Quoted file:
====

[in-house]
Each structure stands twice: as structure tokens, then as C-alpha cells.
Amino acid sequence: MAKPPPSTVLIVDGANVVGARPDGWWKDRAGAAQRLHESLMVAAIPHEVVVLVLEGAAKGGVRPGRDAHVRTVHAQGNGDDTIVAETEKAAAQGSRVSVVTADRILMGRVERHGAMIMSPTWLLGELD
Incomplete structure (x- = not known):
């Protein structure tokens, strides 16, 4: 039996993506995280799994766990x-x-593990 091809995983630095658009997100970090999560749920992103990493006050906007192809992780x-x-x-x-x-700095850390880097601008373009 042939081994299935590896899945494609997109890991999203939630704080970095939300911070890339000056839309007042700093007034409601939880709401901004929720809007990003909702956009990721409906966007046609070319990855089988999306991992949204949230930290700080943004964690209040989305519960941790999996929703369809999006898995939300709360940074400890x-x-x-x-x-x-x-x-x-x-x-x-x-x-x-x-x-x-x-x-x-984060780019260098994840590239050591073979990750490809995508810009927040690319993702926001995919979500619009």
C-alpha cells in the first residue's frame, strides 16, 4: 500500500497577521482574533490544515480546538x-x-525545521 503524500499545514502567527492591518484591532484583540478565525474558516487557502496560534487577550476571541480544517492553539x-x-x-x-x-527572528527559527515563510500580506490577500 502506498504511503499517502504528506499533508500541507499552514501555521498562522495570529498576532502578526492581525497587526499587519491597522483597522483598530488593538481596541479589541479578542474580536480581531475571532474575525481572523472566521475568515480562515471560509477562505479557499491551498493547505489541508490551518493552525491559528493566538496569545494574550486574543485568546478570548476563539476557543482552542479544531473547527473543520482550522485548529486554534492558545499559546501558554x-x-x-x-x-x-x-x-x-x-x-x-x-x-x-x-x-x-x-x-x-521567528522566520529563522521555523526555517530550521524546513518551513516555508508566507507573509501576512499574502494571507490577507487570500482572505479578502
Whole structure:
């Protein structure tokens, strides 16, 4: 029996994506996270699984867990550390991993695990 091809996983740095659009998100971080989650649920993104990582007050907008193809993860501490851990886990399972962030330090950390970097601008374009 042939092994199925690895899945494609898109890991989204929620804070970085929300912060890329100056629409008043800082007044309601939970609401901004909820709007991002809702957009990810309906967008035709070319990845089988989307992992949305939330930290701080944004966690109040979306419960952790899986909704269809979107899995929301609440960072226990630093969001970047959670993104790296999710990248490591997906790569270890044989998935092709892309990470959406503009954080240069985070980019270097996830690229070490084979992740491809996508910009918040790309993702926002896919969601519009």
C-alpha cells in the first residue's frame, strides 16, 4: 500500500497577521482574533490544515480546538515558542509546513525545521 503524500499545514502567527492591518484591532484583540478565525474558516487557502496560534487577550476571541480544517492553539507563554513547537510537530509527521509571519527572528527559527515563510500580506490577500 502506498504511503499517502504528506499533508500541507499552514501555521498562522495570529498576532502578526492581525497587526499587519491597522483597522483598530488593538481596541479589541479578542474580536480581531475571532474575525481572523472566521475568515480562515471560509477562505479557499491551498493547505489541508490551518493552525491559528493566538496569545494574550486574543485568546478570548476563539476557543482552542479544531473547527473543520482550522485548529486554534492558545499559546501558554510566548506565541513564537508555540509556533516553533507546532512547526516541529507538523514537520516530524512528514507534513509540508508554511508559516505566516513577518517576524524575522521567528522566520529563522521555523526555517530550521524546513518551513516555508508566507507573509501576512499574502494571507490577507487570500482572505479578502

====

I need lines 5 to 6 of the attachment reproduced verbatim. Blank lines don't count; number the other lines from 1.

């Protein structure tokens, strides 16, 4: 039996993506995280799994766990x-x-593990 091809995983630095658009997100970090999560749920992103990493006050906007192809992780x-x-x-x-x-700095850390880097601008373009 042939081994299935590896899945494609997109890991999203939630704080970095939300911070890339000056839309007042700093007034409601939880709401901004929720809007990003909702956009990721409906966007046609070319990855089988999306991992949204949230930290700080943004964690209040989305519960941790999996929703369809999006898995939300709360940074400890x-x-x-x-x-x-x-x-x-x-x-x-x-x-x-x-x-x-x-x-x-984060780019260098994840590239050591073979990750490809995508810009927040690319993702926001995919979500619009």
C-alpha cells in the first residue's frame, strides 16, 4: 500500500497577521482574533490544515480546538x-x-525545521 503524500499545514502567527492591518484591532484583540478565525474558516487557502496560534487577550476571541480544517492553539x-x-x-x-x-527572528527559527515563510500580506490577500 502506498504511503499517502504528506499533508500541507499552514501555521498562522495570529498576532502578526492581525497587526499587519491597522483597522483598530488593538481596541479589541479578542474580536480581531475571532474575525481572523472566521475568515480562515471560509477562505479557499491551498493547505489541508490551518493552525491559528493566538496569545494574550486574543485568546478570548476563539476557543482552542479544531473547527473543520482550522485548529486554534492558545499559546501558554x-x-x-x-x-x-x-x-x-x-x-x-x-x-x-x-x-x-x-x-x-521567528522566520529563522521555523526555517530550521524546513518551513516555508508566507507573509501576512499574502494571507490577507487570500482572505479578502